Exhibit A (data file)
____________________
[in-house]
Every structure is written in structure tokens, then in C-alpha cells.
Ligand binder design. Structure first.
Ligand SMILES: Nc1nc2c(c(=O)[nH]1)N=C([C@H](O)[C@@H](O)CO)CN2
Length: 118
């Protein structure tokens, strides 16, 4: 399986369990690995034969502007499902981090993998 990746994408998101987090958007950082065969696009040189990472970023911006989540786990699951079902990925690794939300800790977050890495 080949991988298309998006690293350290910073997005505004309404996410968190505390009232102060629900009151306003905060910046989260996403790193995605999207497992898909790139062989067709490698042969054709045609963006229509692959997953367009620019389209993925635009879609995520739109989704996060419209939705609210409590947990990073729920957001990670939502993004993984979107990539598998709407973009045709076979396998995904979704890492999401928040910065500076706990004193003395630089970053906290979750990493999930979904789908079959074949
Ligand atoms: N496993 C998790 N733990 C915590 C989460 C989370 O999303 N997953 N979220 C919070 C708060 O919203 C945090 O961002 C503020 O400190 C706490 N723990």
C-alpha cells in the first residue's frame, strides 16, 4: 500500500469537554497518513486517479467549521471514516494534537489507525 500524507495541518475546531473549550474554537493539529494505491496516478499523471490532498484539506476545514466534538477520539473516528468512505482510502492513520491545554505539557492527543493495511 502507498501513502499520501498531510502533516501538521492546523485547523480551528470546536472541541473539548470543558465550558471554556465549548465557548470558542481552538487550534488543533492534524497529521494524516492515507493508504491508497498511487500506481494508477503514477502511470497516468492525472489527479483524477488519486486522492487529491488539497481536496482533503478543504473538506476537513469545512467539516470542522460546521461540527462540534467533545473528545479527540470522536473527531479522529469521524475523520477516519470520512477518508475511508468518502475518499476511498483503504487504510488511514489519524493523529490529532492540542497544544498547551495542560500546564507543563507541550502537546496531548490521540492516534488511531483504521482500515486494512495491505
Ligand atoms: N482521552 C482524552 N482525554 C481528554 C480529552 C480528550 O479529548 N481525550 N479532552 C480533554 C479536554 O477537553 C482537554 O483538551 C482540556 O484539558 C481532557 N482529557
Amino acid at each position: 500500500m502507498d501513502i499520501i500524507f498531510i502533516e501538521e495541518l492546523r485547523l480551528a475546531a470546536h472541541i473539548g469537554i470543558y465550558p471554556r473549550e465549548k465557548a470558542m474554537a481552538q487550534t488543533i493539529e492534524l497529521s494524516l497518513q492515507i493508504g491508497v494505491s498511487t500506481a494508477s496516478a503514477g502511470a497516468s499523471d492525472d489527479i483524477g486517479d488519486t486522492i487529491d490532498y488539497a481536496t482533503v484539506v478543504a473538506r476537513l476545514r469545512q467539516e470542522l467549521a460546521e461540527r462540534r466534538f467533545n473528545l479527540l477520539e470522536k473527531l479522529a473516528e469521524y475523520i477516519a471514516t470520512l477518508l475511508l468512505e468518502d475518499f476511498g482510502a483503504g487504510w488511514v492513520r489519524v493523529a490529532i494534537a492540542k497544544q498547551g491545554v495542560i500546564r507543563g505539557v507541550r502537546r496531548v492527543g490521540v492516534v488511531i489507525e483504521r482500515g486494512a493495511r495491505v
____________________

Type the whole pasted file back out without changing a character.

[in-house]
Every structure is written in structure tokens, then in C-alpha cells.
Ligand binder design. Structure first.
Ligand SMILES: Nc1nc2c(c(=O)[nH]1)N=C([C@H](O)[C@@H](O)CO)CN2
Length: 118
């Protein structure tokens, strides 16, 4: 399986369990690995034969502007499902981090993998 990746994408998101987090958007950082065969696009040189990472970023911006989540786990699951079902990925690794939300800790977050890495 080949991988298309998006690293350290910073997005505004309404996410968190505390009232102060629900009151306003905060910046989260996403790193995605999207497992898909790139062989067709490698042969054709045609963006229509692959997953367009620019389209993925635009879609995520739109989704996060419209939705609210409590947990990073729920957001990670939502993004993984979107990539598998709407973009045709076979396998995904979704890492999401928040910065500076706990004193003395630089970053906290979750990493999930979904789908079959074949
Ligand atoms: N496993 C998790 N733990 C915590 C989460 C989370 O999303 N997953 N979220 C919070 C708060 O919203 C945090 O961002 C503020 O400190 C706490 N723990």
C-alpha cells in the first residue's frame, strides 16, 4: 500500500469537554497518513486517479467549521471514516494534537489507525 500524507495541518475546531473549550474554537493539529494505491496516478499523471490532498484539506476545514466534538477520539473516528468512505482510502492513520491545554505539557492527543493495511 502507498501513502499520501498531510502533516501538521492546523485547523480551528470546536472541541473539548470543558465550558471554556465549548465557548470558542481552538487550534488543533492534524497529521494524516492515507493508504491508497498511487500506481494508477503514477502511470497516468492525472489527479483524477488519486486522492487529491488539497481536496482533503478543504473538506476537513469545512467539516470542522460546521461540527462540534467533545473528545479527540470522536473527531479522529469521524475523520477516519470520512477518508475511508468518502475518499476511498483503504487504510488511514489519524493523529490529532492540542497544544498547551495542560500546564507543563507541550502537546496531548490521540492516534488511531483504521482500515486494512495491505
Ligand atoms: N482521552 C482524552 N482525554 C481528554 C480529552 C480528550 O479529548 N481525550 N479532552 C480533554 C479536554 O477537553 C482537554 O483538551 C482540556 O484539558 C481532557 N482529557
Amino acid at each position: 500500500m502507498d501513502i499520501i500524507f498531510i502533516e501538521e495541518l492546523r485547523l480551528a475546531a470546536h472541541i473539548g469537554i470543558y465550558p471554556r473549550e465549548k465557548a470558542m474554537a481552538q487550534t488543533i493539529e492534524l497529521s494524516l497518513q492515507i493508504g491508497v494505491s498511487t500506481a494508477s496516478a503514477g502511470a497516468s499523471d492525472d489527479i483524477g486517479d488519486t486522492i487529491d490532498y488539497a481536496t482533503v484539506v478543504a473538506r476537513l476545514r469545512q467539516e470542522l467549521a460546521e461540527r462540534r466534538f467533545n473528545l479527540l477520539e470522536k473527531l479522529a473516528e469521524y475523520i477516519a471514516t470520512l477518508l475511508l468512505e468518502d475518499f476511498g482510502a483503504g487504510w488511514v492513520r489519524v493523529a490529532i494534537a492540542k497544544q498547551g491545554v495542560i500546564r507543563g505539557v507541550r502537546r496531548v492527543g490521540v492516534v488511531i489507525e483504521r482500515g486494512a493495511r495491505v